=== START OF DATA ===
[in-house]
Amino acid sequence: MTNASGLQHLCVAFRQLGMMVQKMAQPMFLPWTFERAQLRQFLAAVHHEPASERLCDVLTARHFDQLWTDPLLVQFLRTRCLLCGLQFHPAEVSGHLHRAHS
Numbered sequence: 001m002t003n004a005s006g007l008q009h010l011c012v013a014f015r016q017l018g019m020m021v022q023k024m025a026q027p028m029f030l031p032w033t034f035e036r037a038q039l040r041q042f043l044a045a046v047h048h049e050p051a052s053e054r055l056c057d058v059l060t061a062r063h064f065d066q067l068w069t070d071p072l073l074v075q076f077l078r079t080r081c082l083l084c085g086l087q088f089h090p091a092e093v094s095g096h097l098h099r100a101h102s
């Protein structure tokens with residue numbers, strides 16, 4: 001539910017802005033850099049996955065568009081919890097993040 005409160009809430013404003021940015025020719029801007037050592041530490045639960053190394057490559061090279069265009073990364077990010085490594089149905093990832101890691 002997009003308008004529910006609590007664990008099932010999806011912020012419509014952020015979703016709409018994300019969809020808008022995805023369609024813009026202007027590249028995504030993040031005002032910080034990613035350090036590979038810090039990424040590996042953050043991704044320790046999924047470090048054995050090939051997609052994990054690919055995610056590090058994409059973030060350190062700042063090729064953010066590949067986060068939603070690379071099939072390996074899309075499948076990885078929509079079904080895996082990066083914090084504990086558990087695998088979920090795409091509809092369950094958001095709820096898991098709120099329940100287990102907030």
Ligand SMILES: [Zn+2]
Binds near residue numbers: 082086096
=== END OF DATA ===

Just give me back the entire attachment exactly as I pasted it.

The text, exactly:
[in-house]
Amino acid sequence: MTNASGLQHLCVAFRQLGMMVQKMAQPMFLPWTFERAQLRQFLAAVHHEPASERLCDVLTARHFDQLWTDPLLVQFLRTRCLLCGLQFHPAEVSGHLHRAHS
Numbered sequence: 001m002t003n004a005s006g007l008q009h010l011c012v013a014f015r016q017l018g019m020m021v022q023k024m025a026q027p028m029f030l031p032w033t034f035e036r037a038q039l040r041q042f043l044a045a046v047h048h049e050p051a052s053e054r055l056c057d058v059l060t061a062r063h064f065d066q067l068w069t070d071p072l073l074v075q076f077l078r079t080r081c082l083l084c085g086l087q088f089h090p091a092e093v094s095g096h097l098h099r100a101h102s
């Protein structure tokens with residue numbers, strides 16, 4: 001539910017802005033850099049996955065568009081919890097993040 005409160009809430013404003021940015025020719029801007037050592041530490045639960053190394057490559061090279069265009073990364077990010085490594089149905093990832101890691 002997009003308008004529910006609590007664990008099932010999806011912020012419509014952020015979703016709409018994300019969809020808008022995805023369609024813009026202007027590249028995504030993040031005002032910080034990613035350090036590979038810090039990424040590996042953050043991704044320790046999924047470090048054995050090939051997609052994990054690919055995610056590090058994409059973030060350190062700042063090729064953010066590949067986060068939603070690379071099939072390996074899309075499948076990885078929509079079904080895996082990066083914090084504990086558990087695998088979920090795409091509809092369950094958001095709820096898991098709120099329940100287990102907030």
Ligand SMILES: [Zn+2]
Binds near residue numbers: 082086096